Joshua Yim, a freshman medical student at the University of Hong Kong, has set up a social enterprise to provide tutorial services to schoolchildren from grassroots families.
Yim partnered with fellow medical students Alan Tsang and Adrian Cheung to establish Bridge to Success Education, which aims to provide educational assistance to underprivileged children, i-Cable reports.
The company is currently serving 30 to 40 students living in subdivided flats or receiving Comprehensive Social Security Assistance.
They recruit volunteers who garnered top results in Hong Kong DSE exams and match them with students for one-on-one tutorial lessons, which are free of charge.
Phoenix, a university student who has volunteered from the program, said tertiary students should take up greater social responsibility and provide help to the needy.
She said she wants to do her bit in dispelling the idea that knowledge and education are tradable commodities.
Yim decided to start the social enterprise because of his terrible experience in school when he was a child.
“My performance was terribly bad when I was in primary one. I got only 20 out of 100 in the Chinese language test. I almost had to repeat my study that year,” he recalled.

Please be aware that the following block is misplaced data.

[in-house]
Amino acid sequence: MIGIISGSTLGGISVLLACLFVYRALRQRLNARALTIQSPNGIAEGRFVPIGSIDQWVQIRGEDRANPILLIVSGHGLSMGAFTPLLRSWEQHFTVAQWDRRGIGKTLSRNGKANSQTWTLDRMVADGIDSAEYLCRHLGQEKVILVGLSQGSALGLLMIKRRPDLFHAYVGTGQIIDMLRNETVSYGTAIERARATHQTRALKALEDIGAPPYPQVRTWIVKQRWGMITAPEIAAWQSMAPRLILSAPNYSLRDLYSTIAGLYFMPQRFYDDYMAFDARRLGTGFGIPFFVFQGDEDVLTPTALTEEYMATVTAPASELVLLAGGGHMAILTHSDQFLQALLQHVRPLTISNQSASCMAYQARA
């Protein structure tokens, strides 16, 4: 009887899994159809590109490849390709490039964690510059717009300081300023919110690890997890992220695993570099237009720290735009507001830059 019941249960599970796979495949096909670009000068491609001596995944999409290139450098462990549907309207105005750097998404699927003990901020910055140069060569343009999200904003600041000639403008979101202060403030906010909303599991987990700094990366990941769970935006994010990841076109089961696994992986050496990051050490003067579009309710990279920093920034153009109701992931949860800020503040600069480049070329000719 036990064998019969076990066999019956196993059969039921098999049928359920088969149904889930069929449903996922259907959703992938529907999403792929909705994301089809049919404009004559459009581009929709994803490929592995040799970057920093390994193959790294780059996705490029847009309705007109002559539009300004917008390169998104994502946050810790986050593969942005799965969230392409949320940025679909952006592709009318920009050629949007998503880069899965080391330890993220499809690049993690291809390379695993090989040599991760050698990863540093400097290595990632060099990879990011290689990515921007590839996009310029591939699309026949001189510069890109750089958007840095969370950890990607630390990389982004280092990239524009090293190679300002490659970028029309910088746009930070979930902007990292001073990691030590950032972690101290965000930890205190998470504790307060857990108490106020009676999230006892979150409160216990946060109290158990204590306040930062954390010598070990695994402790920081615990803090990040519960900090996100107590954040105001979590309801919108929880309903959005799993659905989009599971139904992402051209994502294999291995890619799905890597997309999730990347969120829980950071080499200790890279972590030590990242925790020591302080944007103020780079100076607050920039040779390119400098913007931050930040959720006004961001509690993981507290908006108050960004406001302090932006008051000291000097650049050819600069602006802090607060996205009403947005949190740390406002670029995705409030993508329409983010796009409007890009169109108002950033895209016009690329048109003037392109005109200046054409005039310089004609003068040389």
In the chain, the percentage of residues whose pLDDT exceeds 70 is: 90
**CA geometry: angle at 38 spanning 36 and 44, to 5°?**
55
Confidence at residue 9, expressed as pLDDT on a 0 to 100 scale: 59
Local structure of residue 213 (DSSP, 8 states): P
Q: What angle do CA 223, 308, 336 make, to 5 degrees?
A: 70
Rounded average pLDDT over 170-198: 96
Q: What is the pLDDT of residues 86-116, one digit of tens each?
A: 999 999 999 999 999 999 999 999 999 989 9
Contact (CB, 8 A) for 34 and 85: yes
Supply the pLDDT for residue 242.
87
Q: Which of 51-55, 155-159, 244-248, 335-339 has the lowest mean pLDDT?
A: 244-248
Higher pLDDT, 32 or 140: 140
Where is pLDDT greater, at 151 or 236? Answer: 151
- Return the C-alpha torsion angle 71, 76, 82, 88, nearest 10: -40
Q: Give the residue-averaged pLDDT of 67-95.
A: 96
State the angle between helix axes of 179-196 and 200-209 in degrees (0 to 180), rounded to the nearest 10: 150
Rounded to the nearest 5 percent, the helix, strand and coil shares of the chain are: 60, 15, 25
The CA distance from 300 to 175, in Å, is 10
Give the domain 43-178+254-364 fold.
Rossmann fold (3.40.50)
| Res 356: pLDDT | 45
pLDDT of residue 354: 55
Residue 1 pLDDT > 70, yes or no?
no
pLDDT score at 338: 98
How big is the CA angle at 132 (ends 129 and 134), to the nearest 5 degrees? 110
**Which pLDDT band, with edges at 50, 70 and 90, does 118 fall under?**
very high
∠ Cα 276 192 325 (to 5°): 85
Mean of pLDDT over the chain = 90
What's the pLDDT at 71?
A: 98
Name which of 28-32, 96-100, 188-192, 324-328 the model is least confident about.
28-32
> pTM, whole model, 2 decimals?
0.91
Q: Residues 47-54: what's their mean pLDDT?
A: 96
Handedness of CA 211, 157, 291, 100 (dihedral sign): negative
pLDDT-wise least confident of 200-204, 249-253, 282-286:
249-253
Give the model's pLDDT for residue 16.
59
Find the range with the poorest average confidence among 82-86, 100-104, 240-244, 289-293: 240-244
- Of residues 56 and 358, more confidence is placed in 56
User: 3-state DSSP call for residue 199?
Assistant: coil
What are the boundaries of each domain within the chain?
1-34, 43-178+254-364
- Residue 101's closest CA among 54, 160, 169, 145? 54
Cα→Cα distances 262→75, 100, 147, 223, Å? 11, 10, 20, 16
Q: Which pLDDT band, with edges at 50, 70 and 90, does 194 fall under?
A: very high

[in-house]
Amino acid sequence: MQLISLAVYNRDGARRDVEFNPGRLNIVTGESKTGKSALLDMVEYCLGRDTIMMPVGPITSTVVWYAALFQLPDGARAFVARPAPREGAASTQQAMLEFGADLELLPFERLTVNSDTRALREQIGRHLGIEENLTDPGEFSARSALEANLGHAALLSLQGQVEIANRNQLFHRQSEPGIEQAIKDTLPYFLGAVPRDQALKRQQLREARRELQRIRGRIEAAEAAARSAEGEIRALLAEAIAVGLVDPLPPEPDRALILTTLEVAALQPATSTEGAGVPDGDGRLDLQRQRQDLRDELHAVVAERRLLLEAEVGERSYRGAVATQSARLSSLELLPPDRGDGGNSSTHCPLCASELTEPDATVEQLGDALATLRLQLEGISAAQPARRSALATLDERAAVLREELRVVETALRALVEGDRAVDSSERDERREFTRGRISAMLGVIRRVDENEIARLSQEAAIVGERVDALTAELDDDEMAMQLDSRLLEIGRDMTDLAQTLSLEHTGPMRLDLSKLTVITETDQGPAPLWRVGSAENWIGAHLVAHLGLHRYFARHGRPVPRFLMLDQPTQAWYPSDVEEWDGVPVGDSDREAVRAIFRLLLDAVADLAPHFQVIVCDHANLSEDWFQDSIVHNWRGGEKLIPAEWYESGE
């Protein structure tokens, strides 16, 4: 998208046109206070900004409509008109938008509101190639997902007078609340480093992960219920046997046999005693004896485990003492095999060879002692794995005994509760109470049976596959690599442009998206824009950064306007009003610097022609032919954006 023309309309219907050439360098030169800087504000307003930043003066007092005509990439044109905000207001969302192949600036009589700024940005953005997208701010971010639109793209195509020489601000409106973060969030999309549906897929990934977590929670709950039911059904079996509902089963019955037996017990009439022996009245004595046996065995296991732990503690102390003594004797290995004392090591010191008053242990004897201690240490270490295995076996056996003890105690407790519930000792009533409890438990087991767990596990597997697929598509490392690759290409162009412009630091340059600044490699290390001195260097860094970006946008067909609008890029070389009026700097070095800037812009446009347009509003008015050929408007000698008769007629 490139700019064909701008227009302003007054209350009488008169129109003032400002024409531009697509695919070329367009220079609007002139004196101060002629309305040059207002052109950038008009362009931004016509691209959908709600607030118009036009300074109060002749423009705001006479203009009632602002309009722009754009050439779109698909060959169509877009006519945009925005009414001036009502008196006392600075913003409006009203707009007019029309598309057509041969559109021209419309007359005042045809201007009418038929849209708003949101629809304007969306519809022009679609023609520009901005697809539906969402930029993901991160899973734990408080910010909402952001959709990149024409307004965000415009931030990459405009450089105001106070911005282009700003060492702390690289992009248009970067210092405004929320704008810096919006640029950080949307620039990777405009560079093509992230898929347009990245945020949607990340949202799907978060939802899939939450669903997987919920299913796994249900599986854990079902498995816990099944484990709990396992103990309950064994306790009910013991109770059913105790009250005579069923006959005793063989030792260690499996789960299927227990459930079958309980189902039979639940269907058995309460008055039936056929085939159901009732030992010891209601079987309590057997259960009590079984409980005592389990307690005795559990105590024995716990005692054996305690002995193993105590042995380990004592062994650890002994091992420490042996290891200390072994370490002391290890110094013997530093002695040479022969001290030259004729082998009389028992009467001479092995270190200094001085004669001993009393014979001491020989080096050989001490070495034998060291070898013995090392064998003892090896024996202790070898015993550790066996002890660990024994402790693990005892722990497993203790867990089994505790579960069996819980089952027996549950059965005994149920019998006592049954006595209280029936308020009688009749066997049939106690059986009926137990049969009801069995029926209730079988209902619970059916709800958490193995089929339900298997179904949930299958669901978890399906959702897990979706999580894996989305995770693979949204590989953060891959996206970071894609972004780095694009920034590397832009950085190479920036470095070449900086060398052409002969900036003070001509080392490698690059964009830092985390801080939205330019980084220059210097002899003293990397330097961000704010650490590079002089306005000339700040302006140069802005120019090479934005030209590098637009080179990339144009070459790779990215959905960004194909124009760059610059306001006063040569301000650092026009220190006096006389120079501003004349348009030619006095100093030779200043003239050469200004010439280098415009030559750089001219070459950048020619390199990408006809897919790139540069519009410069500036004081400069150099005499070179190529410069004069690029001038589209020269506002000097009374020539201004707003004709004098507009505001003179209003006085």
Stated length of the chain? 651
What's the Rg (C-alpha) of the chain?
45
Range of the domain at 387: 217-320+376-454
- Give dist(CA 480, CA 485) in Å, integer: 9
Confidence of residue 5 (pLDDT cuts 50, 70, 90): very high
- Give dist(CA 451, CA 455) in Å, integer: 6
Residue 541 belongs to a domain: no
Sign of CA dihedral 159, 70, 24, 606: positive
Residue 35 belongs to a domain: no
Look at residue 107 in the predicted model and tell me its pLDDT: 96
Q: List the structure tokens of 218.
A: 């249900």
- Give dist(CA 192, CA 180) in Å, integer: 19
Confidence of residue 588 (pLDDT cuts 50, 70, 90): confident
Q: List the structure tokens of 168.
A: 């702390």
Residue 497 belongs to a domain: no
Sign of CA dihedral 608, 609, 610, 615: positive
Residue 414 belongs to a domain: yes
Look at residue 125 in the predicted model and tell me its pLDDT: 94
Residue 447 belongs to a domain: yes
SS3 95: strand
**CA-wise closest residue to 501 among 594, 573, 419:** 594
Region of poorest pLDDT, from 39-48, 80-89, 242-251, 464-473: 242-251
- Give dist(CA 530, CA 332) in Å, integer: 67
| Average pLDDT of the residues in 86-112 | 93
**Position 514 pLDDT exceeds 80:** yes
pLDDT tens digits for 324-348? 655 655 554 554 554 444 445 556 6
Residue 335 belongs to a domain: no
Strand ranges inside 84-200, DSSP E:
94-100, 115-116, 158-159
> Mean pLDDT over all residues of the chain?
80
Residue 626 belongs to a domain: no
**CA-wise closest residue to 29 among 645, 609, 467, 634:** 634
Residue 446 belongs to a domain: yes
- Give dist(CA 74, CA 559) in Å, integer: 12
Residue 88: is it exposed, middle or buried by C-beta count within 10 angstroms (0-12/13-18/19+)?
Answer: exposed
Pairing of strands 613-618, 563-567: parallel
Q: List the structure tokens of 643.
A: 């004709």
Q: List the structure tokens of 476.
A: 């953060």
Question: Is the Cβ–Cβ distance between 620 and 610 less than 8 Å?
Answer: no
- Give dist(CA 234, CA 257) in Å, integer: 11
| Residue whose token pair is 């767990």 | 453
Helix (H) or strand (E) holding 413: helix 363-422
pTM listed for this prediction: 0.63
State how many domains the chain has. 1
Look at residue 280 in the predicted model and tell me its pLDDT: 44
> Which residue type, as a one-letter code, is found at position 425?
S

His parents later hired a home tutor, who was an exam topnotcher. He taught him a lot of learning and exam skills, and also served as his inspiration in deciding later to help fellow students.
When he was in Secondary Four, Yim signed up to become a volunteer tutor to underprivileged schoolchildren in Sham Shui Po.
The sense of satisfaction that he felt while participating in the project prompted him to consider doing more for the education of children. The idea was further strengthened by his discussions with like-minded students at HKU.
“My parents always remind me to think of what we can do for society,” Yim said.
When they started out with the social enterprise, they knocked on every door to tell the parents about the free tutorial service they were offering. But most of the parents didn’t take them seriously.
“It turned out only two of the 30 families we visited considered availing themselves of our service,” said Adrian Cheung, one of the company’s co-founders.
They later partnered with a church that could refer them needy students and provide them a place for conducting tutoring services, Cheung said.
After their free service became more widely known in the community, a secondary school invited them to tutor students from ethnic minorities on chemistry as they prepared for the HKDSE exams next year.
“In a normal situation, we don’t get the chance to meet up and chat with university students. So this is a good opportunity for us to know more about university life and learn more examination skills,” said Pawan, a Secondary Five student who is being tutored by Yim’s team.
“I hope this becomes a cycle so that the students we are able to help can in turn make their own contributions to society when they grow up, and the next generation will do the same thing in the future,” Yim said.
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